Earlier this month, Austrian publisher JoWood saw one of its more promising projects thrown into turmoil. That's when the company decided to end its agreement with Australian developer Perception to develop Stargate SG-1: The Alliance, based on the sci-fi television series. Perception retaliated with action in the Austrian courts, where it petitioned to have JoWood--which is in the midst of financial restructuring--declared bankrupt.
This week, a Vienna judge dismissed Perception's petition. According to a statement from JoWood, this was done on the grounds that "Perception itself has admitted that the delay of the game delivery was also caused by the failure of Perception although JoWooD has already paid the undisputable amount of EUR 5.5 Mio." For those unfamiliar with central European abbreviations, that's 5.5 million euros, or $6.87 million.
But while the ruling is clear, the future of Stargate SG-1: The Alliance is not. On August 5, JoWood claimed that it is the sole rights-holder to the game and had taken possession of all its source code and assets. But just one week later, Perception put out its own press release, saying it is "the official licensee of MGM on Stargate SG-1: The Alliance" and that "any suggestion that JoWooD has rights to Stargate SG-1: The Alliance upon termination of the contract is incorrect and not based on commercial or legal fact." Perception also said it was continuing work on the game unabated.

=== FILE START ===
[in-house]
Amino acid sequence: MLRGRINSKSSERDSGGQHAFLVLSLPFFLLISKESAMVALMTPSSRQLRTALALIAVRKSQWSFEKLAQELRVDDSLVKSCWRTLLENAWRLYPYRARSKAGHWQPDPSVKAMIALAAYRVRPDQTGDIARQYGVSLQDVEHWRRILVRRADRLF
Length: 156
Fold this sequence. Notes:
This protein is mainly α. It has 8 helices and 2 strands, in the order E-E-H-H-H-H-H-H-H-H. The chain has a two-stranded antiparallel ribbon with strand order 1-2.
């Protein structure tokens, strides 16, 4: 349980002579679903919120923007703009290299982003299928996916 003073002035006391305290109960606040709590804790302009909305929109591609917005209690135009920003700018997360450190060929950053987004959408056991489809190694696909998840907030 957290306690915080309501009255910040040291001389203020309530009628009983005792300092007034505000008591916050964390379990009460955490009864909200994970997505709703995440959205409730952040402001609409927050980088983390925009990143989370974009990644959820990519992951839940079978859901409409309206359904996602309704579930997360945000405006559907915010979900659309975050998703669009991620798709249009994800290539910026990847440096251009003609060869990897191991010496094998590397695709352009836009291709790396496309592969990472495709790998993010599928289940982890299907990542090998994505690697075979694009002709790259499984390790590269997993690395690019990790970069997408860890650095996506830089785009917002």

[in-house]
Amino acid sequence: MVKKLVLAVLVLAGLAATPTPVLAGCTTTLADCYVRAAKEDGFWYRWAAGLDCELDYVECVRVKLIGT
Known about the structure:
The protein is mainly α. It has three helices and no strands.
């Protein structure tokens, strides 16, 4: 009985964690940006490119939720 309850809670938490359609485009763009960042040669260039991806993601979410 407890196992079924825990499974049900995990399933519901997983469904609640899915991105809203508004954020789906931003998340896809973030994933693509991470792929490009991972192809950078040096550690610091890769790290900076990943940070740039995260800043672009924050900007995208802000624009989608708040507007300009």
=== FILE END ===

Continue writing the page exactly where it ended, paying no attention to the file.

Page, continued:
With the very completion of Stargate SG-1: The Alliance now up in the air, its American release is most definitely in limbo. It was slated to be distributed by Namco this fall for the PC, Xbox, and PlayStation 2.